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By Angela McCarthy

Migration from the British "Celtic fringe" because the eighteenth century has had an important effect at the politics, economics, demography, sociology and tradition of the hot international, as forces shaping foreign politics or even struggle. The authors use new fabric to discover Scottish migrant networks and private stories in parts equivalent to the Caribbean, New Zealand and Australia.

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Additional info for A Global Clan: Scottish Migrant Networks and Identity since the Eighteenth Century (International Library of Historical Studies)

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31 Scots differed little, if at all, from their British colleagues in their willingness to associate with Indians, and indeed they had sound reasons for doing so. Good European-Indian relations facilitated the accumulation of wealth and thus the likelihood of the sojourner returning home. The 1748 Madras journal of Lieutenant John Grant from Strathspey noted that European merchants ‘kept twenty to thirty of these black people’, including two dubashes (commercial agents) who were charged with carrying on trade with the ‘country black merchants’.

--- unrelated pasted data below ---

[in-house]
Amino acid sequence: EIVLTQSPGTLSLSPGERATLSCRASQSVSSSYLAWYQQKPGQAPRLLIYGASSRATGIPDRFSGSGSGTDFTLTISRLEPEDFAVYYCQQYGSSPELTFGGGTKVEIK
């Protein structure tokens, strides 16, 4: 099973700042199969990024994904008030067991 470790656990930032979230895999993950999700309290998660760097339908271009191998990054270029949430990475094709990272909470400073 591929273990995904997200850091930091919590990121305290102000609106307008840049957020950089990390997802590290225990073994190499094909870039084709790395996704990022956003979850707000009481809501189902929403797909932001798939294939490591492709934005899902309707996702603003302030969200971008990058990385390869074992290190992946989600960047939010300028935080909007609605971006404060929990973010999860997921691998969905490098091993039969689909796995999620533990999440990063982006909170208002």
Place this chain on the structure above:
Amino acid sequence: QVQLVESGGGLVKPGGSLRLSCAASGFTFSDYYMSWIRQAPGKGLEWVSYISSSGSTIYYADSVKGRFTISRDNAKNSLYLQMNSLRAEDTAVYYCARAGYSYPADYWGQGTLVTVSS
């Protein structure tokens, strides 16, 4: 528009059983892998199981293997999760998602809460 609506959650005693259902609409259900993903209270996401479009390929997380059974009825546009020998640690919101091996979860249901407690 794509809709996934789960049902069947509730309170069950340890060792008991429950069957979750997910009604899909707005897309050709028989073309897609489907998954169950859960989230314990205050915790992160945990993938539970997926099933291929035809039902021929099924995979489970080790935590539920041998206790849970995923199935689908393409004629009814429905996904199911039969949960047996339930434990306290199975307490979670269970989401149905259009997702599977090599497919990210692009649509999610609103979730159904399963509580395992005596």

Contemporary observers, including South Asians, were also struck by the status conscious nature of the Company’s main settlements. 76 This rigid (and public) hierarchy meant many Britons and Scots entered into associations based not on their nationality but their sense of common professional or occupational identity. James Mill from Montrose, second mate on The Sandwich East Indiaman, was unusual among Scots in India in that he did not nominate another Scot as an executor. 77 In the case of Major James Mackenzie of the 73rd Highland Regiment, who died in Madras in 1780, nationality, kinship, and profession were all factors in the choice of his executors.

78 The exact relationship between professional and national British identity requires further investigation, most particularly in the context of the Eastern Empire. The last will and testaments of Scots who had returned from India show that sojourners retained a powerful and enduring sense of this service identity long after they had completed their time abroad. Men like Major Donald Cameron of Mount Cameron in Lanarkshire and Captain David Alston of Auchinhard in Mid Lothian, who both died in Scotland in the early 1800s, still saw themselves as servants of the Company.

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